10. Your entry here: ______________________________________________________________________________

What novels can you think of that showcase communication between humans and aliens?

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You don’t have enough real problems —

When you are complaining about the boring design of eReaders.

Does anyone else think that ereader designs have gotten, well, rather boring?

I was looking at the new Jezetek ereaders this morning when I couldn’t help noticing how similar they looked to all other Kindle competitors out there. They were basic black rectangles with a screen and a few buttons, just like Onyx and Kobo’s devices.

I don’t know about Nate Hoffelder, author of the post linked above, but I mainly use my Kindle to read books, not as a centerpiece for the dining room table. Somehow it never occurred to me to consider the actual appearance of the physical object, rather than its ease of use and the appearance of the text on its screen.

Top Three Things I Don’t Care About:

The physical appearance of my eReader, as opposed to its functionality.

The physical appearance of my phone, as opposed to its functionality.

The snazzy design or lack thereof of my laptop, as opposed to its functionality.

When the device in question is meant to perform a function or a set of functions, then my attention is on the functions, not the color of the casing.

Functionality does include physical dimensions, weight, and placement of buttons. One of the reasons I like reading on my Kindle is that it is light and easy to hold with either hand, whether my tendinitis issue is acting up or not. Functionality does not include color or a streamlined space-age look or whatever Hoffelder seems to care about.

I may be out at the far end of this probability curve, though, as I also barely care at all about the physical appearance of my car either. I gather a lot of people care a lot about cars, but I don’t really get this. I don’t want it to look like a total junker, but other than that I don’t care. So maybe the majority of people are dying for zebra stripes on their eReaders or something. How about it? Do you care whether your eReader stands out from the crowd as a physical object?

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Gene Wolfe’s Beginning Sentences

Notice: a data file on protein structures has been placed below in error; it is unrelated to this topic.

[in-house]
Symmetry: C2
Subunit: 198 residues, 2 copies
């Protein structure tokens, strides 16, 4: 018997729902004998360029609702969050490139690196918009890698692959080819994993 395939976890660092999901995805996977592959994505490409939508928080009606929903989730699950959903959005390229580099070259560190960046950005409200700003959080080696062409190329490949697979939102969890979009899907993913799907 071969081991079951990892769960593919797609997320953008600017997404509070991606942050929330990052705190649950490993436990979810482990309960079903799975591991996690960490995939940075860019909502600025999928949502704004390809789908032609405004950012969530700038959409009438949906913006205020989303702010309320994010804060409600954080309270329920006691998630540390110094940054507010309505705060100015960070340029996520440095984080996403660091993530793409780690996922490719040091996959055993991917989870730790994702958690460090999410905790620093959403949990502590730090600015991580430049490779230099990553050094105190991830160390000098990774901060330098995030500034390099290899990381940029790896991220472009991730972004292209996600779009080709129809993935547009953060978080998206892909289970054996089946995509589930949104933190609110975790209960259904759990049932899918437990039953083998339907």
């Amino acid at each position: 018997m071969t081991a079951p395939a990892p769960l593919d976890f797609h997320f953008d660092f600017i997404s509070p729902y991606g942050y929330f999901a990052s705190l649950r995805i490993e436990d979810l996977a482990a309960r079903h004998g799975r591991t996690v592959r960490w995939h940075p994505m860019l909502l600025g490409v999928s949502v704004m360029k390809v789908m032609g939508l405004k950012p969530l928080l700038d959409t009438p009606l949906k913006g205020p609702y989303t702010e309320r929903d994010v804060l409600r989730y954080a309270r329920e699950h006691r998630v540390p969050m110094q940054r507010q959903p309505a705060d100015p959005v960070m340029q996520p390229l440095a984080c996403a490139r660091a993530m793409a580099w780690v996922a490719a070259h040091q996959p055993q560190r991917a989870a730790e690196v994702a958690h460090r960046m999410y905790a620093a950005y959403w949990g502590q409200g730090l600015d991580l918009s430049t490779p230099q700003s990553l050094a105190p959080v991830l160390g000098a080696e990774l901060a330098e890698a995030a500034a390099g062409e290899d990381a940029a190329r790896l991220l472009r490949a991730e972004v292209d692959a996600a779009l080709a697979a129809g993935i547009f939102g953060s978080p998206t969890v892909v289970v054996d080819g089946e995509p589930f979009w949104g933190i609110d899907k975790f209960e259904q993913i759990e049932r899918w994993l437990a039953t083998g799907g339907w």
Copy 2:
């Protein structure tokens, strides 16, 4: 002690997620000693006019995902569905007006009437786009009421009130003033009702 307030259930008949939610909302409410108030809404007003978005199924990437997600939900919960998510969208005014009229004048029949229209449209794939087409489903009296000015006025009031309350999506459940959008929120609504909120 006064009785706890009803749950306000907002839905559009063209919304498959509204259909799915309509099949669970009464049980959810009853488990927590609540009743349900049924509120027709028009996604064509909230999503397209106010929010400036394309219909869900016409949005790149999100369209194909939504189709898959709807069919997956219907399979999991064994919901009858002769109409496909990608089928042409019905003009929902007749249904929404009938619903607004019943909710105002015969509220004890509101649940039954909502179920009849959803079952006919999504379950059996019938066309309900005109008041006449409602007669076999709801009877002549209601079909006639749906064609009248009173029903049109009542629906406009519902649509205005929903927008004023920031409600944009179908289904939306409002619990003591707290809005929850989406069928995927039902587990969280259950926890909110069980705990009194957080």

Great post by Matthew Keeley at tor.com: Begin at the Beginning: The Great Opening Sentences of Gene Wolfe

Gene Wolfe is probably the greatest writer I haven’t managed to appreciate. I read about, I dunno, a third of The Shadow of the Torturer when I was pretty young, and I must admit I didn’t like it at all. Torturer = hard sell for me, and besides that the story went on and on and on and Severian wasn’t even out of the city yet. I was more impatient back then, or else other elements conspired to keep me from tolerating the slow build. Like, I mean, the protagonist is a torturer.

Anyway, that was it for me. Yet I think essentially everyone agrees that Gene Wolfe is a world-class stylist. I know perfectly well he has written many books that do not feature a torturer as the main character and are not set in the same world. In fact I have The Wizard Night on my TBR shelves right now, in the hope that it will be different enough to work for me.

Since I know perfectly well that Wolfe is a much-admired writer and stylist, this post caught my eye even though I have never actually read any of his books.

Here is what Keeley says about The Wizard Knight’s opening:

The Knight, the first half of The Wizard Knight, is framed as a letter from the narrator. It begins: “You must have stopped wondering what happened to me a long time ago; I know it has been many years.” We learn soon enough that the narrator quite literally vanished off the face of our earth and that he is writing to his brother. In his new world, The Wizard Knight’s narrator styles himself Able of the High Heart, yet more often he seems to be Able of the High Hand: He is frequently callous, occasionally brutal, and consistently insensitive. In retrospect, we can see this from the first sentence. What kind of brother does Able think he has? Who would ever stop wondering?

Well, I don’t know that this comment makes me more likely to shuffle the book to the top of the TBR pile. But we’ll see. I should try it just to find out if it will ever work for me. That way I can give it away promptly rather than keeping it around indefinitely.

Keeley only shows three beginning sentences in this post. Too bad! But there are comments about some of Wolfe’s other books, so that’s good.

This one sounds perhaps a touch more appealing than The Knight: